Most psychologists in the mental health field have little exposure to individuals with mental retardation and are sometimes uncomfortable treating these individuals; in fact, many professionals seem unaware that this group can experience mental health problems (Reiss & Szyszko, 1983). Mental health and mental retardation systems have been separated in this country for many years making it difficult to administratively serve people with both mental retardation and mental health disorders (Matson & Sevin, 1994). Recently, there has been a heightened awareness of need to pursue behavioral-psychiatric assessment, diagnosis, and treatment of people with mental retardation and mental health problems (Bregman, 1991; Eaton & Menolascino, 1982; Reiss, 1990).
A variety of behavioral assessment tools are available and provide key information for practioners in this area. A few of the commonly used measures or checklists include: the Child Behavior Checklist (Achenbach & Edelbrock, 1986), the Conners Parent (or Teacher) Rating Scale (Conners, 1990), the Revised Behavior Problem Checklist (Quay & Peterson, 1987), and the Social Skills Rating System (Gresham & Elliott, 1990). These measures are only as reliable as the parent, guardian, or teacher completing them. However, they can provide useful information about the nature of the behavioral problems or competencies of the child. All of the scales noted above focus primarily on behavioral difficulties with the exception of the Social Skills Rating System which includes items that address prosocial behaviors.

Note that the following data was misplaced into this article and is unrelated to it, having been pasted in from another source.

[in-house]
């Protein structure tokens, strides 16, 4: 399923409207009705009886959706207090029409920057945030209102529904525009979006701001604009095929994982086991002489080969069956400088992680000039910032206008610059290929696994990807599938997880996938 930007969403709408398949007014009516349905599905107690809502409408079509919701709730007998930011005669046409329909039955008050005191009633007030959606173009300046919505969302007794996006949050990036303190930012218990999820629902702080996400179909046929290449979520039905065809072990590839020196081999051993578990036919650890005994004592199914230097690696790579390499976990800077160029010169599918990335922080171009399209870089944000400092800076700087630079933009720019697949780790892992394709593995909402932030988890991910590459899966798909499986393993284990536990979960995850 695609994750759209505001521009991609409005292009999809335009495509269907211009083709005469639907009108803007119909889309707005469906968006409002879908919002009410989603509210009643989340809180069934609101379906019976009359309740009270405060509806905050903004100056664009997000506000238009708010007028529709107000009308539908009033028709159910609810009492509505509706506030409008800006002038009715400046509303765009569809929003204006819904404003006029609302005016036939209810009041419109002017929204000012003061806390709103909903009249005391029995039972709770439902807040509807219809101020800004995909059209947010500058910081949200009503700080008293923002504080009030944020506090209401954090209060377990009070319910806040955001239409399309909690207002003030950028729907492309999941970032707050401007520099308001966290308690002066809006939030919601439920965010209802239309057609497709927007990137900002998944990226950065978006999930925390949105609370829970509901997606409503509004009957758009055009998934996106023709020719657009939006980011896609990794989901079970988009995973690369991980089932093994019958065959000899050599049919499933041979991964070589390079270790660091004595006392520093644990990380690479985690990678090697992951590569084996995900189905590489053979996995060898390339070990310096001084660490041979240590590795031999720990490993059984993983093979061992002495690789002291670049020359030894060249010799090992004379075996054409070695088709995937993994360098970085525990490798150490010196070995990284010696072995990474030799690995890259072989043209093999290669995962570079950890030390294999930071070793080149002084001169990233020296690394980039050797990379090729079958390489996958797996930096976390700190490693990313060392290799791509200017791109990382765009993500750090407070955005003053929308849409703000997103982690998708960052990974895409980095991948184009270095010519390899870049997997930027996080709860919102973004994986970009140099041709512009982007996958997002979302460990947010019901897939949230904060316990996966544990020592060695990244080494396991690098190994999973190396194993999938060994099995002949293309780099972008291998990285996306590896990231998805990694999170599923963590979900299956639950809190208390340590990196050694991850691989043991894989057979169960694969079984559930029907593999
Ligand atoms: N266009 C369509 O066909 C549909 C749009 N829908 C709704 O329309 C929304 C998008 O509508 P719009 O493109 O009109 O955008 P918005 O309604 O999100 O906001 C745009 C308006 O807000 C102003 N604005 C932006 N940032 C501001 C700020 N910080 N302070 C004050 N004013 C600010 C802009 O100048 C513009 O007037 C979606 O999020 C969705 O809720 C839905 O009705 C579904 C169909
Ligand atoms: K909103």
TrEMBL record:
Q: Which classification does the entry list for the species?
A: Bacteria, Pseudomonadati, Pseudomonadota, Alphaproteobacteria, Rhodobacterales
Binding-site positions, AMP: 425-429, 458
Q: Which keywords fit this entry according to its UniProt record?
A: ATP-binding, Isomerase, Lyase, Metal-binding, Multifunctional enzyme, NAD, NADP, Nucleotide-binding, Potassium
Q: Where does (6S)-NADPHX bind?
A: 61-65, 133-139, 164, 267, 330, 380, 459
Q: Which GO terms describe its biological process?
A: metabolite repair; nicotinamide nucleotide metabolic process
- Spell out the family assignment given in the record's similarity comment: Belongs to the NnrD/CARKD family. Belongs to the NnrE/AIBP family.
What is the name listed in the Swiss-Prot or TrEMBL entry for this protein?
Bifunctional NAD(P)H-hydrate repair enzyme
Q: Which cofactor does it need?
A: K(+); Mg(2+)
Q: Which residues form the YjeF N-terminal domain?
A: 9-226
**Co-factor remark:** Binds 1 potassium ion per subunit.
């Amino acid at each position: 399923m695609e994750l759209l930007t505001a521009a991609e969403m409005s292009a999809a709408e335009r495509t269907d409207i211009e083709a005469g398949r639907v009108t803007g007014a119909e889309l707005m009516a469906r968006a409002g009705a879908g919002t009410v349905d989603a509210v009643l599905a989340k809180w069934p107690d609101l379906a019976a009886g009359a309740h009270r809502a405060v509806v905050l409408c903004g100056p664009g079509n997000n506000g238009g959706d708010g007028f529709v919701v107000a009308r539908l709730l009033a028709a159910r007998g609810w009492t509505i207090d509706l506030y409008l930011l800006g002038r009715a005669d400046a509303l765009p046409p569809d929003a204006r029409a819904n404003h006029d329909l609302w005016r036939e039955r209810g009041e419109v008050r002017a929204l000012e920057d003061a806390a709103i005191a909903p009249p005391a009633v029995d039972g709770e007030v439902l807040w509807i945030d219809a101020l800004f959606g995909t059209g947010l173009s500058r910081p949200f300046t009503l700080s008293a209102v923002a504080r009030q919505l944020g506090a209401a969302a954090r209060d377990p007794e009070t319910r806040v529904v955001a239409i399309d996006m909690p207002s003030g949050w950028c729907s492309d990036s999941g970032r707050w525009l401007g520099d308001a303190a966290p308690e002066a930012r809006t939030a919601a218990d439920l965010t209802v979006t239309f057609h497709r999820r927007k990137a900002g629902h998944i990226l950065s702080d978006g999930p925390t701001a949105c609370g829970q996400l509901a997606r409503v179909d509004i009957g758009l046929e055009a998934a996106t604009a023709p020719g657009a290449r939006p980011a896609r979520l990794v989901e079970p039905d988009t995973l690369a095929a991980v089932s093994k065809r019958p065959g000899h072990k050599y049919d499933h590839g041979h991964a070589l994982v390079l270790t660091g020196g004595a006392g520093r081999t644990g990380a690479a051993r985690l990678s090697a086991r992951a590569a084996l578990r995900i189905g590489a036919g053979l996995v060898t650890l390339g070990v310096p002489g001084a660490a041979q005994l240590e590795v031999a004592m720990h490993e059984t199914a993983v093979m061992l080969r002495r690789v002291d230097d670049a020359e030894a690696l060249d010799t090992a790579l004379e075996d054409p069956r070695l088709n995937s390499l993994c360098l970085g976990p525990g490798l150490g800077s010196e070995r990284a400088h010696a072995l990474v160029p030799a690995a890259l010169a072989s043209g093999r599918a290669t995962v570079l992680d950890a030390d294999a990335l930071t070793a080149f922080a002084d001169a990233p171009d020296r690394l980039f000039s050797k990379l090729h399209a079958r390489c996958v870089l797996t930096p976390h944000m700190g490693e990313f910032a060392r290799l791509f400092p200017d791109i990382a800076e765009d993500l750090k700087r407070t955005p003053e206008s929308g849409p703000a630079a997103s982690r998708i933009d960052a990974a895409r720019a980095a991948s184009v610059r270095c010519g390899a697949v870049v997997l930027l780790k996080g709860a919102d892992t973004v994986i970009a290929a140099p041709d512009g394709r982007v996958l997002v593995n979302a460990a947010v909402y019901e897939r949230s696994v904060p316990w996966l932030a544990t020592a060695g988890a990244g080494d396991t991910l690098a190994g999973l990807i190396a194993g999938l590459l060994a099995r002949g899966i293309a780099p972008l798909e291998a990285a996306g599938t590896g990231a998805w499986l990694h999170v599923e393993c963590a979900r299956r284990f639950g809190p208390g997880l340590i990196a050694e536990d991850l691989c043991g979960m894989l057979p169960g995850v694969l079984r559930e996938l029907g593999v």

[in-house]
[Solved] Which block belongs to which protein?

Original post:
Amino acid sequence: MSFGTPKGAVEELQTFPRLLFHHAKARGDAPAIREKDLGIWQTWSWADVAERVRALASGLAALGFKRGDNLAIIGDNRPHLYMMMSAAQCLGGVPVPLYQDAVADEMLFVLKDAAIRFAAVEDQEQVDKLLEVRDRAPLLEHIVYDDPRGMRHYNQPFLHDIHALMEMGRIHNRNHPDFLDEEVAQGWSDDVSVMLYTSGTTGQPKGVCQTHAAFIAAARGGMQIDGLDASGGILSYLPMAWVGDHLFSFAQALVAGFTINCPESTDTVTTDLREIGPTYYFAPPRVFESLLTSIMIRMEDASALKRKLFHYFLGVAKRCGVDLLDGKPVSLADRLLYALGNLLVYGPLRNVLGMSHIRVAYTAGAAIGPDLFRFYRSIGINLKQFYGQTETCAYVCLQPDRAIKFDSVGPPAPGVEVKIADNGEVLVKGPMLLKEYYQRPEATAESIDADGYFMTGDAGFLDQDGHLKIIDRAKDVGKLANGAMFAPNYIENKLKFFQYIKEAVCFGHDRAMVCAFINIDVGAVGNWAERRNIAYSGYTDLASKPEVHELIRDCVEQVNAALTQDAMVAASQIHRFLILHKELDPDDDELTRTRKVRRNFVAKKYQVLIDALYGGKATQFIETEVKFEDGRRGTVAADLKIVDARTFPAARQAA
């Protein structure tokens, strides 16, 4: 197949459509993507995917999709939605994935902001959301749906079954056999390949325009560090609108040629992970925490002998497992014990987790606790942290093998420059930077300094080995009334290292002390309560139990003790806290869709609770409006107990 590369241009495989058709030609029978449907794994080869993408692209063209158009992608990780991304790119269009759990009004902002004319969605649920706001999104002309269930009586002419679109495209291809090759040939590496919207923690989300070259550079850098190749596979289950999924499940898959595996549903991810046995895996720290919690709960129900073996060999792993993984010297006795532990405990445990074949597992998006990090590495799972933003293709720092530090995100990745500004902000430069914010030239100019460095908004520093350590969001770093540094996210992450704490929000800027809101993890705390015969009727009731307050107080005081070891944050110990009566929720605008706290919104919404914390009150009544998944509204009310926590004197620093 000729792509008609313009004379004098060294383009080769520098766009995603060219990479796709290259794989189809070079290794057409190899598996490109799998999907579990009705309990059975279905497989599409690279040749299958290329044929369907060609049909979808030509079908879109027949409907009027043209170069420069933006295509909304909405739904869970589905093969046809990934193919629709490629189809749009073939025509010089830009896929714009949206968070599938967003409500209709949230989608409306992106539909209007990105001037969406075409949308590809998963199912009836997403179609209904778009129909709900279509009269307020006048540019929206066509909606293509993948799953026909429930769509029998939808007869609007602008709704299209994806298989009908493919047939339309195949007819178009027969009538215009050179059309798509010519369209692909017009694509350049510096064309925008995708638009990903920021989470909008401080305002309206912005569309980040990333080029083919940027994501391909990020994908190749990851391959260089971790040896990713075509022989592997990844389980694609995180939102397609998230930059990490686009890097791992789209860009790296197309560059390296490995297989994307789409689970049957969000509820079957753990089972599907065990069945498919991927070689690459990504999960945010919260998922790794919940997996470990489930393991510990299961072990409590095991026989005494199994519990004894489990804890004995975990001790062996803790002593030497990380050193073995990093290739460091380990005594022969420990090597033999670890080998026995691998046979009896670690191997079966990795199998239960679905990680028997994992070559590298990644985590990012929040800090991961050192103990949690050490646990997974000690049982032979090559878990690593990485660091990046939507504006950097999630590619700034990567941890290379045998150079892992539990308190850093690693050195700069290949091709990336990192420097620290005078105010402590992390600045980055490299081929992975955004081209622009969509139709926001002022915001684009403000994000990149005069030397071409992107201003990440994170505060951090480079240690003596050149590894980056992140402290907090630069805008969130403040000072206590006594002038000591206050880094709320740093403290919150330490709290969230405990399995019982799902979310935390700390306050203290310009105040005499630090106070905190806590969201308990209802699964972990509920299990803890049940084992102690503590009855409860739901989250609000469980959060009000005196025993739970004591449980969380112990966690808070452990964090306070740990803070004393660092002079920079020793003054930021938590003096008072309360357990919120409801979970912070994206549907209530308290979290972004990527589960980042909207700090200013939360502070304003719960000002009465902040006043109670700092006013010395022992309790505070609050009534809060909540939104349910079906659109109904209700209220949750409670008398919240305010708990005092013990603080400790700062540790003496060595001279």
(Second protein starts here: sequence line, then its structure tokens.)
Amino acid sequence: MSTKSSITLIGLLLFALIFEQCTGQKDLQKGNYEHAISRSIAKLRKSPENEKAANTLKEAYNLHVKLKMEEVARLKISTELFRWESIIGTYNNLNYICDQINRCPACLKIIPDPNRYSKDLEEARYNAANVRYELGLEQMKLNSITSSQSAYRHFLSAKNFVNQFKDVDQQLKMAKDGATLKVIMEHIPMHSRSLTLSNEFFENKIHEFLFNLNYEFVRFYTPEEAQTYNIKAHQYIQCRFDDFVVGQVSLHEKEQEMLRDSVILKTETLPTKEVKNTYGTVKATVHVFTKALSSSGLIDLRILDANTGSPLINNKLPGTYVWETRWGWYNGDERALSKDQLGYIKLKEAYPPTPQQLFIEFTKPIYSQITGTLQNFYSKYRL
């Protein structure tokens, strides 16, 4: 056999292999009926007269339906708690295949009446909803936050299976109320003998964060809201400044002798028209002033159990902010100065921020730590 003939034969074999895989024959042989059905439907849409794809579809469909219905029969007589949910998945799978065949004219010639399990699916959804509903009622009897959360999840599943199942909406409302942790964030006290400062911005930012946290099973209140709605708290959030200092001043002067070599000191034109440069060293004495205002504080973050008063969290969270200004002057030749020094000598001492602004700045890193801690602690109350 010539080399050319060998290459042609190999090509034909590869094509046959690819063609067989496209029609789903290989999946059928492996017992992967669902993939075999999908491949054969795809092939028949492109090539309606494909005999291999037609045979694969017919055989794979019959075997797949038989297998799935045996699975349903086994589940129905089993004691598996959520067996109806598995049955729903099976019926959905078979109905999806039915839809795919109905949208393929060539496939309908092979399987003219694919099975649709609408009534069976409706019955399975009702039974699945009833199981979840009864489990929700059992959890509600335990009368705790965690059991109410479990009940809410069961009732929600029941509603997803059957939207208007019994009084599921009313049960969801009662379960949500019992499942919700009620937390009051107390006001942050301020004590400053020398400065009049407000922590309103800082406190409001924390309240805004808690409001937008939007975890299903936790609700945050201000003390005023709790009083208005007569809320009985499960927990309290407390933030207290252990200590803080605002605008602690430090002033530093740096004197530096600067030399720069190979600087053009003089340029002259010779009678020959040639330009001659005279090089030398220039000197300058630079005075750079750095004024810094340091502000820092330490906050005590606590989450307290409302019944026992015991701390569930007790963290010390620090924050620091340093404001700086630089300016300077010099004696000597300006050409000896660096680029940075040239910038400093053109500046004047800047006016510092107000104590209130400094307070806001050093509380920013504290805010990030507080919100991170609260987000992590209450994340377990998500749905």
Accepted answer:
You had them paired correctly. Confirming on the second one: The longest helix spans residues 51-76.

Because children with mental retardation often have other problems, it is necessary to involve a team of practitioners from different areas (e.g., child psychiatrist, social worker, child psychologist, special education teacher, speech and language specialist, and community agencies), in the comprehensive diagnosis. This type of interdisciplinary team approach is relatively new but is considered to be imperative for comprehensive assessment, treatment, and management of children with mental retardation (Lubetsky, Mueller, Madden, Walker, & Len, 1995). A natural extension of the interdisciplinary approach is the involvement of the family in the decision-making process. In fact, recent government and educational initiatives such as Public Law 99-457 and Public Law 102-119 require the involvement of parents and professionals in early intervention services (Lubetsky et al, 1995). A family-centered interdisciplinary approach begins with an assessment of the child (including school history, obtained from parents and school records), family (family marital and parenting history), and community resources. Medical, developmental and psychiatric histories are obtained. Behavioral analysis, psychoeducational, speech and language testing are completed. Medical and neurological assessments are performed. The team presents these results to the parents who are actively involved in evaluating and implementing treatment recommendations (Lubetsky, et al, 1995).